[Skip to Content]
Access to paid content on this site is currently suspended due to excessive activity being detected from your IP address 54.159.129.152. Please contact the publisher to request reinstatement.
[Skip to Content Landing]
Article
December 25, 1991

Outpatient Surgery: Boom or Doom?

Author Affiliations

University of Illinois at Chicago College of Medicine

University of Illinois at Chicago College of Medicine

JAMA. 1991;266(24):3426. doi:10.1001/jama.1991.03470240048029

This article is only available in the PDF format. Download the PDF to view the article, as well as its associated figures and tables.

Abstract

To the Editor.  — Outpatient or ambulatory surgery results in large savings in health care costs—a big "boom" in reducing the per capita cost. If well managed, the risks of outpatient surgery are not greater than inpatient procedures. The sine qua non of a safe ambulatory surgical center is that the surgical and anesthesia care is equal to or surpasses that available for inpatients.However, one frequently encounters patients preoperatively who are extremely anxious, since these outpatients received no preanesthetic medication on the morning of surgery. A large number of patients report that they have slept less than usual, and an occasional patient reports an attack of anxiety during the night.A hypnotic agent given the night before and an antianxiety drug given on the morning of surgery may help to maintain normal diurnal cortisol levels, and an antianxiety agent reduces the abnormal increase in cortisol levels before and during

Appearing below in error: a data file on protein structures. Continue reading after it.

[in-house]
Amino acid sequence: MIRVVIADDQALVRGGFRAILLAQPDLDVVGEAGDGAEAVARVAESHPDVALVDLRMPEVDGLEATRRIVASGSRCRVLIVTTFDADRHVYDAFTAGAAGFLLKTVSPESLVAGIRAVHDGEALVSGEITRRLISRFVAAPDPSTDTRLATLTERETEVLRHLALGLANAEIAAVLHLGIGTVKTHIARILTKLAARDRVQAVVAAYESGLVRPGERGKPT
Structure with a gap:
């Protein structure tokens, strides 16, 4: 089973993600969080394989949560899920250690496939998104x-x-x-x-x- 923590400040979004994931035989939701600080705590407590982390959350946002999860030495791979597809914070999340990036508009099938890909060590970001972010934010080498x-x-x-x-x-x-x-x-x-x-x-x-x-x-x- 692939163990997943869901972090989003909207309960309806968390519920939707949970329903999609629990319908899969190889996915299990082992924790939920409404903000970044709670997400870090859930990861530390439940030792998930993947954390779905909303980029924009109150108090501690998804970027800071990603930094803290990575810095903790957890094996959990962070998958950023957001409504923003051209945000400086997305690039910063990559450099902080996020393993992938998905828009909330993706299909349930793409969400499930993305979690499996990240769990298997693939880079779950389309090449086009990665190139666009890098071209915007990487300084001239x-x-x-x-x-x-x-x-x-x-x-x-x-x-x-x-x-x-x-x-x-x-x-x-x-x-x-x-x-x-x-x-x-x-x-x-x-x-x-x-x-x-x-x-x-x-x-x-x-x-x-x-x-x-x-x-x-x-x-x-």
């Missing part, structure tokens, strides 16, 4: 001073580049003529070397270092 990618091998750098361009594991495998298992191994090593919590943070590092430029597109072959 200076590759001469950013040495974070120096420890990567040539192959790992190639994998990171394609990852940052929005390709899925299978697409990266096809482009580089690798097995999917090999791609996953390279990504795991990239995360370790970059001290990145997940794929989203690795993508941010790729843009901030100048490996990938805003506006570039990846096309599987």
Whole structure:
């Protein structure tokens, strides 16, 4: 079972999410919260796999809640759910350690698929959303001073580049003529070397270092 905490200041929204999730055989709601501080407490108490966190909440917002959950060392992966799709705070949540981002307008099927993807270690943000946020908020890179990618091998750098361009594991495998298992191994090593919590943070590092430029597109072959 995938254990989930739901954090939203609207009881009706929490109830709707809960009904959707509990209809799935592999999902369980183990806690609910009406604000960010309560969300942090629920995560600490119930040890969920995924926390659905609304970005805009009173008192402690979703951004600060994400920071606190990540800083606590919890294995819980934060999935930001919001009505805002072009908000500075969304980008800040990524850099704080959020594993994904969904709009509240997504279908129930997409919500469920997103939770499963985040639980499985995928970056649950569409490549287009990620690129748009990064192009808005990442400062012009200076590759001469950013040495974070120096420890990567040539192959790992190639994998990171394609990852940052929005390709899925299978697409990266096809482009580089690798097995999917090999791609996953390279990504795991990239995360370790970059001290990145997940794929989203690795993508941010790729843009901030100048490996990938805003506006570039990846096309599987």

×